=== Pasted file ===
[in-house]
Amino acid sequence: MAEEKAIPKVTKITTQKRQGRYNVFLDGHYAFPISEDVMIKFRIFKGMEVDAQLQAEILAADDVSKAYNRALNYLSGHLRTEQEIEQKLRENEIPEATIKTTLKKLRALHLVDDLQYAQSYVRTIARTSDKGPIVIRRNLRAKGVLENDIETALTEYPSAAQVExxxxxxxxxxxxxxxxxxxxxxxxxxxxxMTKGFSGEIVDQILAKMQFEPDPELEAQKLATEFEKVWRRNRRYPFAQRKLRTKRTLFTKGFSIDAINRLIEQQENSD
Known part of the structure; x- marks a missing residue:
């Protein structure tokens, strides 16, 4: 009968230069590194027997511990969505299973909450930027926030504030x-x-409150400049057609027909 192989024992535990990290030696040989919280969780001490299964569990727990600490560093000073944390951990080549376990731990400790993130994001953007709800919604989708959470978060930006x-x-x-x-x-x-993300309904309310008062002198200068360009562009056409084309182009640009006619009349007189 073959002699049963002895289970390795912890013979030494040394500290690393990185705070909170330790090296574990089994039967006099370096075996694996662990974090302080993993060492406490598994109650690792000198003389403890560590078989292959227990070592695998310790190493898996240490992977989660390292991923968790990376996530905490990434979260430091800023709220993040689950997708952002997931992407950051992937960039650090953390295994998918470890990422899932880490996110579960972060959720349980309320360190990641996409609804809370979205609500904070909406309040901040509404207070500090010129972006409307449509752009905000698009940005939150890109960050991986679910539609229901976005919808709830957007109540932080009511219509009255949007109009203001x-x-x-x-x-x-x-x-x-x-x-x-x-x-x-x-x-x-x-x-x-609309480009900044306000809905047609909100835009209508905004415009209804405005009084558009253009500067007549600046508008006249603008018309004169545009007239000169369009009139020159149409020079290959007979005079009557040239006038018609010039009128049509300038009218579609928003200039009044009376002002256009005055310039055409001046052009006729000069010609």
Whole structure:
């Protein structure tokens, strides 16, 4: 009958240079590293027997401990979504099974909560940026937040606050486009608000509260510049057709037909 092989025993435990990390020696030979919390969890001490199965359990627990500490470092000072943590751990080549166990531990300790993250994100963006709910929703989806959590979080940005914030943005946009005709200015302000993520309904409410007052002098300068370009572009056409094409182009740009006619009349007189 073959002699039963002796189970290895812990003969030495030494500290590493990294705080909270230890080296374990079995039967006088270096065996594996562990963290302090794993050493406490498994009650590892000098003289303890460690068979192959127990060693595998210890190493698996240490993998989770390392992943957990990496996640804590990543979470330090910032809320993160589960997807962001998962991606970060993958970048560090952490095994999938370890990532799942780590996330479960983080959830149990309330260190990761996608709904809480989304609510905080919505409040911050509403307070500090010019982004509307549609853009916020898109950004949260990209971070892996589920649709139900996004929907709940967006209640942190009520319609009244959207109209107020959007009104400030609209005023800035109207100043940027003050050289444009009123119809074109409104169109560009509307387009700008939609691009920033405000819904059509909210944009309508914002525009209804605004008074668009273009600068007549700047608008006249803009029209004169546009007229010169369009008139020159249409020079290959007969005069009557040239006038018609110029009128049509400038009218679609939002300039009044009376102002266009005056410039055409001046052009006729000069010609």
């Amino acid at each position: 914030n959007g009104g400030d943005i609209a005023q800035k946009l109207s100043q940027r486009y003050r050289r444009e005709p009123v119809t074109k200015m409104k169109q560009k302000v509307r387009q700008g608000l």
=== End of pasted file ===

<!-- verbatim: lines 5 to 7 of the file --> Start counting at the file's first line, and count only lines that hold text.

Whole structure:
């Protein structure tokens, strides 16, 4: 009958240079590293027997401990979504099974909560940026937040606050486009608000509260510049057709037909 092989025993435990990390020696030979919390969890001490199965359990627990500490470092000072943590751990080549166990531990300790993250994100963006709910929703989806959590979080940005914030943005946009005709200015302000993520309904409410007052002098300068370009572009056409094409182009740009006619009349007189 073959002699039963002796189970290895812990003969030495030494500290590493990294705080909270230890080296374990079995039967006088270096065996594996562990963290302090794993050493406490498994009650590892000098003289303890460690068979192959127990060693595998210890190493698996240490993998989770390392992943957990990496996640804590990543979470330090910032809320993160589960997807962001998962991606970060993958970048560090952490095994999938370890990532799942780590996330479960983080959830149990309330260190990761996608709904809480989304609510905080919505409040911050509403307070500090010019982004509307549609853009916020898109950004949260990209971070892996589920649709139900996004929907709940967006209640942190009520319609009244959207109209107020959007009104400030609209005023800035109207100043940027003050050289444009009123119809074109409104169109560009509307387009700008939609691009920033405000819904059509909210944009309508914002525009209804605004008074668009273009600068007549700047608008006249803009029209004169546009007229010169369009008139020159249409020079290959007969005069009557040239006038018609110029009128049509400038009218679609939002300039009044009376102002266009005056410039055409001046052009006729000069010609």
């Amino acid at each position: 914030n959007g009104g400030d943005i609209a005023q800035k946009l109207s100043q940027r486009y003050r050289r444009e005709p009123v119809t074109k200015m409104k169109q560009k302000v509307r387009q700008g608000l």